Nearly two-thousand pages of documents from the SIU Board of Trustees show a sharp division between the Carbondale and Edwardsville campuses, particularly when it comes to funding.
The documents, which trustees voted to make public last week, were released Thursday. Much of the discussion revolves around a proposed funding reallocation which failed at the Board's April meeting. That proposal would have shifted $5 million in state funds from the Carbondale campus to the Edwardsville campus.
Emails show Dunn coached SIUE Chancellor Randy Pembrook on "joining the fray," and making a case for the reallocation. They also show he encouraged Pembrook to contact Metro East lawmakers about potential legislation to split the two campuses.
Dunn's critics say he undermined the Carbondale campus with his actions. Dunn also reprimanded SIUC Chancellor Carlo Montemagno for his response to the proposal - calling the chancellor's actions "misleading at best and insubordinate at worst."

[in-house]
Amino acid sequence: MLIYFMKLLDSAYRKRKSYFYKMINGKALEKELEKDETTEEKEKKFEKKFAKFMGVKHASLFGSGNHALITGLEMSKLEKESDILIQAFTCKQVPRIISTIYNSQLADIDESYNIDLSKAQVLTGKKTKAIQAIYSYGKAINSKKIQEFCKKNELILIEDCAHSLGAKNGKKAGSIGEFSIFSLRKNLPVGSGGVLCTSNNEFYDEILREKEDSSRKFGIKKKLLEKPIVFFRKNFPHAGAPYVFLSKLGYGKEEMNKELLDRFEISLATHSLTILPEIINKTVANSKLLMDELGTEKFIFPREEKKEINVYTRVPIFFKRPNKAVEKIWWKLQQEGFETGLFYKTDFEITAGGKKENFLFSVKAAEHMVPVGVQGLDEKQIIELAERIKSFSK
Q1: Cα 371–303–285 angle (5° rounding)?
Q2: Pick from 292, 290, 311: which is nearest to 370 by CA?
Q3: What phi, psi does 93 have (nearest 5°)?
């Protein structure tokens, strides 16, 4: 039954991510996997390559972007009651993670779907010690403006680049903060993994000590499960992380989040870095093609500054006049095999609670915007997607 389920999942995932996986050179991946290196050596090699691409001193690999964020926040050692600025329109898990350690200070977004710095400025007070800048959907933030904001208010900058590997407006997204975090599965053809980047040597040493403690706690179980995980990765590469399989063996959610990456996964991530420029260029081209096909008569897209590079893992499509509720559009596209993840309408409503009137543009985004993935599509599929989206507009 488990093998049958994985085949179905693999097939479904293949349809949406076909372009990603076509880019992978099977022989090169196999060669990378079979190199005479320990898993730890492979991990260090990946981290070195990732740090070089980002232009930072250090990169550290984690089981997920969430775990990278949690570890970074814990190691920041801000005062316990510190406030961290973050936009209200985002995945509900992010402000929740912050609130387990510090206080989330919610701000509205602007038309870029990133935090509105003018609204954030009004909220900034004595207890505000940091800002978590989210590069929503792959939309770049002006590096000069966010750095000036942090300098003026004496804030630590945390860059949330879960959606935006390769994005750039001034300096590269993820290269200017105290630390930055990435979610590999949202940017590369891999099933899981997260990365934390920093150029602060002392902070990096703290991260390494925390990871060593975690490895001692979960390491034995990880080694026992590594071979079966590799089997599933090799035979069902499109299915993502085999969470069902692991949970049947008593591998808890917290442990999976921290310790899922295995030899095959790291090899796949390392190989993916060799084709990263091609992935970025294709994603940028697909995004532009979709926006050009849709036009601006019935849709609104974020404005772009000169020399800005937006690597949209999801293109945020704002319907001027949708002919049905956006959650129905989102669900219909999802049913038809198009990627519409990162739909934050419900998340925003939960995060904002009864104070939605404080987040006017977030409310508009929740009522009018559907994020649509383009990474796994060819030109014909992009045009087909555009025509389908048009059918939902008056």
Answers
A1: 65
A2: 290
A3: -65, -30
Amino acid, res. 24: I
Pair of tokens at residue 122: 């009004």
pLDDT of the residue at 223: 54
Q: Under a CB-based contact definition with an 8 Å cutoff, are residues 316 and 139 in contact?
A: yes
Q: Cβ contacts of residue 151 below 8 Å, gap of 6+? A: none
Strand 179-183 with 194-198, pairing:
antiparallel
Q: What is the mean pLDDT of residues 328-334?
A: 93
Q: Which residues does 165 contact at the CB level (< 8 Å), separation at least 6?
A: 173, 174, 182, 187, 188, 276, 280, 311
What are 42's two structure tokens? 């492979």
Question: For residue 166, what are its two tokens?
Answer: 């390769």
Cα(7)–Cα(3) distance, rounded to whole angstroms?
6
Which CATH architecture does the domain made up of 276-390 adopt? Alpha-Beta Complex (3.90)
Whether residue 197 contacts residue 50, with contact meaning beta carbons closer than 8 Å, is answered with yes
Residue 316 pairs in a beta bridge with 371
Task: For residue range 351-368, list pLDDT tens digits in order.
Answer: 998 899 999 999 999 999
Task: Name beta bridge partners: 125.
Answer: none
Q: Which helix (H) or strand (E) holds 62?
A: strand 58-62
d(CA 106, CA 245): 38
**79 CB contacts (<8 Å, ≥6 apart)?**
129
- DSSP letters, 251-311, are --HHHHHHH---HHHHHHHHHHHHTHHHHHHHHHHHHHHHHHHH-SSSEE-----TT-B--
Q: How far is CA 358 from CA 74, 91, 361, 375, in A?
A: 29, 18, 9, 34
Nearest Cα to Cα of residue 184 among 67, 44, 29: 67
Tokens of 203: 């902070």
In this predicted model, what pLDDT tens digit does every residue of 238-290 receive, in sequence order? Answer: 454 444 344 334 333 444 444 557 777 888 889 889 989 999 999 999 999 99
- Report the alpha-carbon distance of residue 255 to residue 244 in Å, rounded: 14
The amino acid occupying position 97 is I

Another email exchange between Dunn and an SIUE faculty member shows the president was considering Montemagno's future with the university.
"He can be reassigned as long as we pay him his salary until then (and he has tenure as a faculty member). He can go work as a researcher out at the McLafferty Lab if nothing else. As long as he maintains his compensation...he doesn’t have to continue as chancellor," Dunn wrote. "However, I don’t think there is sufficient Trustee support at this time to make such a move. Not yet anyway. But with the news stories which broke today by the DE as well as the Canadian Broadcasting Corp., I’m not sure how he continues to maintain much semblance of support," he added, referencing news of Montemagno's family members being hired at SIUC.
Ahead of the April Trustees meeting, another exchange between Dunn and Pembrook shows the two were crafting messages and actions if the reallocation didn't pass. Dunn, who maintains he was working on behalf of equity in the system, also indicates Carbondale-based trustees would be kept in the dark.
The board split 4-4 last week on a call to suspend Dunn. He remains in office, though some trustees still believe he should be removed.